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It's been four weeks since I last posted anything, and the shrinking portion of my brain that is my creative side is calling me to action. Work has been busy, life has been busy over the last four weeks, so deal with it.

Here are some topics that have been on my mind:

The official sport of Massachusetts is basketball. The Boston Globe immediately interviews whiny Red Sox fans who have nothing better to do than complain that the Sox got the shaft.
Basketball was invented in Springfield, the Celtics are the winningest sports franchise in the state, and the sport is popular across economic and race divisions. You don't see a lot of midnight baseball games going on. It's played the world over (odd for Massachusetts to pick something that does NOT further its isolation from the rest of the country). If this were to happen anytime from 1900-1986, everyone would have agreed with the decision. It's actually refreshing for once that the Red Sox are not central to a sports story in New England. I eagerly anticipate a Red Sox press conference to assure me that the Red Sox still exist in the hearts and minds of Celtics, Patriots and Bruins fans everywhere.
Speaking of baseball, the Red Sox aren't doing so well as of late (though they did sweep the lowly Orioles -- something they should have done against both Tampa Bay and Kansas City -- despite mostly mediocre performances from their starting pitchers and bullpen). If this is the first, true "lost" season for the new ownership/Theo, I wonder how long it will take them to realize it? Do they push Curt Schilling to make every start or do they experiment with Papelbon extending his appearances and having Craig Hansen close? Do they rush Trot Nixon or Jason Varitek back from the DL or do they audition some of the young'ns that will eventually take Tek and Trot's places in the starting lineup in a couple years?
Al Jefferson's season might already be lost. A year ago, he was going to be the next savior of the franchise. Now, he's riding a stationary bike and trying not to eat fried foods. I don't think the Celtics should cut their losses just yet, especially since they picked up his option for 07-08, but this is getting ridiculous. Every year it looks like the only way for the Celtics to go is forward, but trading for Sebastian Telfair (essentially a third year rookie) and missing out on an Al Iverson deal -- or any deal for a veteran for that matter -- is yet another painful step backwards.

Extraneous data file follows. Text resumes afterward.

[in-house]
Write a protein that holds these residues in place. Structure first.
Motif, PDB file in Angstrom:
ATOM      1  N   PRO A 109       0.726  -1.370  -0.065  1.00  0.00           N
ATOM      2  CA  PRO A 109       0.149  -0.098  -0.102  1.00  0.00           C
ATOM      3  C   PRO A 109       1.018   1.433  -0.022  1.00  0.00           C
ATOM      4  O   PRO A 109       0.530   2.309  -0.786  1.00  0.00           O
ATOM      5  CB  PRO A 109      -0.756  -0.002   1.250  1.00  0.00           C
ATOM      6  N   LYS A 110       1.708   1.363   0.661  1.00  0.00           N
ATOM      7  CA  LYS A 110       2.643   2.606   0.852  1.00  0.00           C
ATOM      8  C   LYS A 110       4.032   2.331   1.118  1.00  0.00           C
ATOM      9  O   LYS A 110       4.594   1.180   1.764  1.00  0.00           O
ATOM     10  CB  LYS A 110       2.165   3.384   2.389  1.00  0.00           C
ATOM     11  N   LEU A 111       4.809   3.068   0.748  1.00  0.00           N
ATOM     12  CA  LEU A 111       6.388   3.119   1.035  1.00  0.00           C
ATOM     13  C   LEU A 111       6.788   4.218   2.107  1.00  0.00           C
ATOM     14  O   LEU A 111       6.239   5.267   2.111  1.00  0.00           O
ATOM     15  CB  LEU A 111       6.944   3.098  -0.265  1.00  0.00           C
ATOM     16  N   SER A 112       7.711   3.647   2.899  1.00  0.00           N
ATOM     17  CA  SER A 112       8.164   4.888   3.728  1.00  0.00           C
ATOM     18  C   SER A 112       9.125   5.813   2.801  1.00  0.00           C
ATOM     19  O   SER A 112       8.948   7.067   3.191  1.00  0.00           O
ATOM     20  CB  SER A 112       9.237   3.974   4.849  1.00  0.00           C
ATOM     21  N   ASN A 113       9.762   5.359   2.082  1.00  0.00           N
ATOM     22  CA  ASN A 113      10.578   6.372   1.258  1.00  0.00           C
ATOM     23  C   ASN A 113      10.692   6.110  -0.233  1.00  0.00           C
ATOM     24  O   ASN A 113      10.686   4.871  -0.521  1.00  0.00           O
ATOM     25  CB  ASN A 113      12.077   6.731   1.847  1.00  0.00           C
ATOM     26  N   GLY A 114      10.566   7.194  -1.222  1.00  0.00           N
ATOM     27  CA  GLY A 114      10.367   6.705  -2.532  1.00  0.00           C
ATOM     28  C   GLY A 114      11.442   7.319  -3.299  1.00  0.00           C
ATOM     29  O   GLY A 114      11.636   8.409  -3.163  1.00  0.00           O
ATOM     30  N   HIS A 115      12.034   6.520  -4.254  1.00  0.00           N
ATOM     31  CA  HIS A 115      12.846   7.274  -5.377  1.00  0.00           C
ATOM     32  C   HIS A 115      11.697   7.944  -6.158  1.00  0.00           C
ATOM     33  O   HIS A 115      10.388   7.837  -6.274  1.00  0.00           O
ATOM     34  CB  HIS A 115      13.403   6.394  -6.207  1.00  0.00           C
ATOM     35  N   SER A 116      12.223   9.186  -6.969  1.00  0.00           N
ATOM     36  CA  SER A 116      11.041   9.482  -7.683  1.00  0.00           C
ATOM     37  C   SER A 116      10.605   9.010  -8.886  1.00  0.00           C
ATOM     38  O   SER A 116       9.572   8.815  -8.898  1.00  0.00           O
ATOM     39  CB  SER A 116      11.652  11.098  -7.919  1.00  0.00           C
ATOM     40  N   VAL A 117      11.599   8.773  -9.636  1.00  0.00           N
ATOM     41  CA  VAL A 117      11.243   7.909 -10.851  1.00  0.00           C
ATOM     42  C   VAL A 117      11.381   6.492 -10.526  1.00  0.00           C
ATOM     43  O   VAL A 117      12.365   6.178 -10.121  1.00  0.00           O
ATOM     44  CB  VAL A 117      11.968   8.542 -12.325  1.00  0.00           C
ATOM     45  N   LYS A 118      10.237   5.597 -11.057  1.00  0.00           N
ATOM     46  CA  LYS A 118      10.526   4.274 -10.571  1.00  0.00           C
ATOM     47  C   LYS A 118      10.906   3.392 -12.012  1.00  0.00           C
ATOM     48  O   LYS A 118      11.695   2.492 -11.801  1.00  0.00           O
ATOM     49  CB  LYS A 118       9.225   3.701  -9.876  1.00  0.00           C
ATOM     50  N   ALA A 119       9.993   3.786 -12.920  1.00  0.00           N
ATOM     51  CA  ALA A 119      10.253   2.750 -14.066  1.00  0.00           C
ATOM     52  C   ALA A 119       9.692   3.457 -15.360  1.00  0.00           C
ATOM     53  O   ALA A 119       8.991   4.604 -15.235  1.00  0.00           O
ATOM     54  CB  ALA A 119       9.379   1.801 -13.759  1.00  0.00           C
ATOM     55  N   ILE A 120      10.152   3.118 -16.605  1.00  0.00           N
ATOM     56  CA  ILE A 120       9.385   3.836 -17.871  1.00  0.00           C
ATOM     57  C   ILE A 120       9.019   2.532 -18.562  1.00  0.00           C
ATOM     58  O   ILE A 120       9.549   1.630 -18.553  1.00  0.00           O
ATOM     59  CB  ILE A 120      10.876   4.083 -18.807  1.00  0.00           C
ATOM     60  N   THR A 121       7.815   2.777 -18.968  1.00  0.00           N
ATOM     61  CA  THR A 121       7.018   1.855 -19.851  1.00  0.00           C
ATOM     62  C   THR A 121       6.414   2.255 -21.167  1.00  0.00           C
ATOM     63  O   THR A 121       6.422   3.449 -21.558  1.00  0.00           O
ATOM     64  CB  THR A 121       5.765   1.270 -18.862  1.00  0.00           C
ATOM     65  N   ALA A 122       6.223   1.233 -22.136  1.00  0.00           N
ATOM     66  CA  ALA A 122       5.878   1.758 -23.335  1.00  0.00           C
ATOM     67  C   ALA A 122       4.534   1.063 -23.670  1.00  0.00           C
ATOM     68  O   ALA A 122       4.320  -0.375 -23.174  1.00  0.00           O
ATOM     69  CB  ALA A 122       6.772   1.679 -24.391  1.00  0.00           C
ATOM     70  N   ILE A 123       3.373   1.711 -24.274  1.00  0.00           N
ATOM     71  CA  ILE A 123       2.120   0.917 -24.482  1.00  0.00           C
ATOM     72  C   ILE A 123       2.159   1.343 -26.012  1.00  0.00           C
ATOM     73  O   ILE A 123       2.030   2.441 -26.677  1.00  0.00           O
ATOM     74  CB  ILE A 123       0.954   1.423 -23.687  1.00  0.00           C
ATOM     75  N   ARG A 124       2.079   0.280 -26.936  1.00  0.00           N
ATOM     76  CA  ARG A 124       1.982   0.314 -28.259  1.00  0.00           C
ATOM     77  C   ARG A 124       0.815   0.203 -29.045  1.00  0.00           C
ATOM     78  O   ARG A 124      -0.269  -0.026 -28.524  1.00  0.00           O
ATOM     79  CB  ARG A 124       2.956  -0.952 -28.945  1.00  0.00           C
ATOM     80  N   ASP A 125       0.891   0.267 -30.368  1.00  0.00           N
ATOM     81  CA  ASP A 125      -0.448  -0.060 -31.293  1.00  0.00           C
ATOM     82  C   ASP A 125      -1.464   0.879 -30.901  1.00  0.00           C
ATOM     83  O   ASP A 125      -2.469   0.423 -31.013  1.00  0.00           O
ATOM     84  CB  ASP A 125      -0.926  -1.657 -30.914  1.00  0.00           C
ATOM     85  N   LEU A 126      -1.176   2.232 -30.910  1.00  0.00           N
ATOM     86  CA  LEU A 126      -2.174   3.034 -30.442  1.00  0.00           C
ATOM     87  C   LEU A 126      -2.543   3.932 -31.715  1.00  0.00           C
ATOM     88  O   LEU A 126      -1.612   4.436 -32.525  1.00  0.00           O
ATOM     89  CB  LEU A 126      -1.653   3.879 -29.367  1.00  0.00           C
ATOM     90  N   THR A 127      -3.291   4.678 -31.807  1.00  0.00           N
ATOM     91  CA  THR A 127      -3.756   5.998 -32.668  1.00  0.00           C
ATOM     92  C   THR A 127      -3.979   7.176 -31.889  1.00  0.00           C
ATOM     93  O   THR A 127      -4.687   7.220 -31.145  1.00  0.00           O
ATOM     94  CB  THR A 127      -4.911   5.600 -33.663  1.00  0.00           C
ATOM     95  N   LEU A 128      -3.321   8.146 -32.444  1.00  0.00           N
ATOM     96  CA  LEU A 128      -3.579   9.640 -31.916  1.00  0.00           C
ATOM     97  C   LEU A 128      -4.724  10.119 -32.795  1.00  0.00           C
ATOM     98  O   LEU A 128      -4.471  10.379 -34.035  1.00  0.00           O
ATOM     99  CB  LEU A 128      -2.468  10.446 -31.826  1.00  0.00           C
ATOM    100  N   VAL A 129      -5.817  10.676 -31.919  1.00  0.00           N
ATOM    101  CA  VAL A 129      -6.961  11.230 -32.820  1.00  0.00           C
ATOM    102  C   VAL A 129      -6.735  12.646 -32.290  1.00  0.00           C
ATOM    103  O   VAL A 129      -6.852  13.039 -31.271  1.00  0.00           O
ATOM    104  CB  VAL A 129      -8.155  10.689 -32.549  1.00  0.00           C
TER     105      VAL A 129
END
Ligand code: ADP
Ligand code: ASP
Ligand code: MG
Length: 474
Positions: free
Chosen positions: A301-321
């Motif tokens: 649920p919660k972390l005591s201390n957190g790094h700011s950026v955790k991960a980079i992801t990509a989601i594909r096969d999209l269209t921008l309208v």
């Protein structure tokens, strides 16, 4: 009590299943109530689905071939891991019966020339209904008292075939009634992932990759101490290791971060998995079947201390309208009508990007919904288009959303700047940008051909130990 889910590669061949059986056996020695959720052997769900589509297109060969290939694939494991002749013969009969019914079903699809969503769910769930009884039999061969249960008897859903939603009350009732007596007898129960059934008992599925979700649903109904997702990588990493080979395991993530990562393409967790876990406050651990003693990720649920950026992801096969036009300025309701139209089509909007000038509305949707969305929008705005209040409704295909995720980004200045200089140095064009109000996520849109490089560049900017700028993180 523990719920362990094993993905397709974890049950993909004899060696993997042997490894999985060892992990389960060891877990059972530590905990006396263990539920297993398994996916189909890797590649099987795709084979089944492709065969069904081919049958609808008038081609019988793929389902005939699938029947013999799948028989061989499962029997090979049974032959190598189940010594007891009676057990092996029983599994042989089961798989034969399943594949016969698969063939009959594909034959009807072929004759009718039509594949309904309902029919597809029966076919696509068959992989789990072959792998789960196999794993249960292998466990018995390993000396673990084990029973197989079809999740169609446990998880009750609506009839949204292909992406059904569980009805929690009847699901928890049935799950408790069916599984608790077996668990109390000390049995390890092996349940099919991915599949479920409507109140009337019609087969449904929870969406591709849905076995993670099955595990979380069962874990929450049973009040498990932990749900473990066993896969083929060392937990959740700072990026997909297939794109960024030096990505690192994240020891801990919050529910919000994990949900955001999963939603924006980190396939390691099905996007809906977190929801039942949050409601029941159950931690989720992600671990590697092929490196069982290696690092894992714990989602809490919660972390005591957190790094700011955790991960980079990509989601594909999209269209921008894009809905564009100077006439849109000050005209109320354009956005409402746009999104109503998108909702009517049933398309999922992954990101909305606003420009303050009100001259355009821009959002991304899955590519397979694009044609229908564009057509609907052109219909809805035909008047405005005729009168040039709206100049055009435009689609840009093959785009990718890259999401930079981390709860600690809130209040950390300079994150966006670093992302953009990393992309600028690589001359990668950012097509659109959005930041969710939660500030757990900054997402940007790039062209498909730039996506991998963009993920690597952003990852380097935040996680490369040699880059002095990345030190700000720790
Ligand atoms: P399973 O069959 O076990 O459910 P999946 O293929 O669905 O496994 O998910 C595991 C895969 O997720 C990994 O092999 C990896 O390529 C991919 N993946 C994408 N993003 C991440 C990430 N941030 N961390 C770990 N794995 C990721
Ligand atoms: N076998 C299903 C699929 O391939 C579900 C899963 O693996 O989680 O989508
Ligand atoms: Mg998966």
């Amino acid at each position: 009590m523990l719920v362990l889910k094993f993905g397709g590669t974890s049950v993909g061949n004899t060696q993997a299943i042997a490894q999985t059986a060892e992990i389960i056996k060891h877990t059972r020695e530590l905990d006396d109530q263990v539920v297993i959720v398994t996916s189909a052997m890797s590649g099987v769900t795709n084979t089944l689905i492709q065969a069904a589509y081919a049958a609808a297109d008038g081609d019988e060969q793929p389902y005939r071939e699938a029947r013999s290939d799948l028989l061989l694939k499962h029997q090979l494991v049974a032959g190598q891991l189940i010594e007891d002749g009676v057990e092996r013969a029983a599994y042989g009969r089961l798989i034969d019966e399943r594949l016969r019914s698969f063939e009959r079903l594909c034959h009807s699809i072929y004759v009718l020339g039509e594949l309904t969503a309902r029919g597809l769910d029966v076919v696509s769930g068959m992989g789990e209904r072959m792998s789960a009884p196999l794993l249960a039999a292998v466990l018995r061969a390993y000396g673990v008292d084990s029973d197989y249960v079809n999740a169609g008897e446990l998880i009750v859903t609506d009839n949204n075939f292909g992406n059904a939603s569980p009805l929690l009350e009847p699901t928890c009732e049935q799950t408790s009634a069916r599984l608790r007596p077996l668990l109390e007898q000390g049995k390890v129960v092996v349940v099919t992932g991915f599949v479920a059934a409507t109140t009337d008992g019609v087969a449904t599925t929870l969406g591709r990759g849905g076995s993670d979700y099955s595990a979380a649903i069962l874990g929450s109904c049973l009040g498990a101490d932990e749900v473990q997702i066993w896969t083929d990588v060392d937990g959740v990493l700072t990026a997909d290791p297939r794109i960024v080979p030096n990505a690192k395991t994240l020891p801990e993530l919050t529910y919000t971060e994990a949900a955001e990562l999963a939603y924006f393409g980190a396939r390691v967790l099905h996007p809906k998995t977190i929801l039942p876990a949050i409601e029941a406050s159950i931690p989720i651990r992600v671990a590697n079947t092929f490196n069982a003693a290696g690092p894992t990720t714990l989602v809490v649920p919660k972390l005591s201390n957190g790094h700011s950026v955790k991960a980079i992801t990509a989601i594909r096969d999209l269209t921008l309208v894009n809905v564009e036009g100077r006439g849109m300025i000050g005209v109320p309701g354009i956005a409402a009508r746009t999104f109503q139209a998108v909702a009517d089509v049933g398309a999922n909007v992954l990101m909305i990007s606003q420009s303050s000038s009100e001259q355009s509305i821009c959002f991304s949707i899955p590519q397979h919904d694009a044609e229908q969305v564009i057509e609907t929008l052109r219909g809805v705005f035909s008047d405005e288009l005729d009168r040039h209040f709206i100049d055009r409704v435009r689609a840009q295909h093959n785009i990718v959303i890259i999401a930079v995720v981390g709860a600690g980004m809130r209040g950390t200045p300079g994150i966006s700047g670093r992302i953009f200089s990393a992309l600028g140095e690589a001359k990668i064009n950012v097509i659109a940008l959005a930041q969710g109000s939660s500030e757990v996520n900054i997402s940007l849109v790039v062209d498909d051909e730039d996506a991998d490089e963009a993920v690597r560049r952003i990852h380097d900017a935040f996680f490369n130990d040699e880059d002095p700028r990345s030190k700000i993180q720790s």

Is anyone else done with the Sports Guy? I used to gobble up every word he wrote from his AOL days back in the mid-late nineties to his jump to ESPN.com to today, but I think I'm finally over it. His "this is the way it should be, according to Bill" attitude and tired references to pop-culture are becoming stale. When he first started writing for ESPN.com and everyone was having a sportsgasm when a new article came out, I was angry because I felt that I had "discovered" him when he wrote for Digital City Boston. Now -- you can have him. He's gone Hollywood. He's mailing it in. The fact that someone developed a "write your own Sports Guy column" generator proves the point that he's fallen prone to predictability. Plus he's written like four columns in the last month. If I'm writing a blog for free and posting a few times a week (at my height), how hard is it for someone who's actually paid by the word? Does anyone know any pre-mainstream Sports Guy-type writers out there that I can get into?
I just spent the last week listening to every Rolling Stones studio album in chronological order and now I don't know what to make of them. Half their output is just irrelevant. Poor Ron Wood -- the only relevant Stones album he can call his own is Some Girls. I doubt he's proud of Dirty Work. Surprisingly, their latest effort, A Bigger Bang, is halfway decent. The problem with the Stones is that they are not an album band. They are a singles band that puts out albums. Half of their early releases (and even all the way up to 1981's Tattoo You) consisted of several singles, blues covers and previous studio recordings. Rarely did the Stones enter the studio with a plan to put together an actual album of consistent material.
NBC actually did something somewhat out of the box by releasing the pilot episodes to two new series (Studio 60 on Sunset Strip and Kidnapped) on DVD this past week, a month before their actual airdates. Too bad both series aren't that great. Maybe releasing 2-3 episodes would have resulted in a more positive critical impact from their target audiences. Pilots are tricky -- they exist to introduce characters and set up a premise for the series. It would be hard to view a pilot as a run of the mill episode. The pilot plus a second or third episode would go a long way in grabbing more interest simply by developing things by just a little. Too bad the advertisers would never allow it.


Blogger Coolhand complained...

totally agree with you on the Sports Guy front. I just didn't want to say it aloud because people look at you funny when you admit to not reading the Sports Guy.

I'm thrilled that you like basketball! We should go to some games. To quote a line from Talledga Nights (ballad of ricky bobby), I'd like to say, "It won the acamedy award. (for what?) for the greatest [sport] of all time."

8/16/2006 1:54 PM
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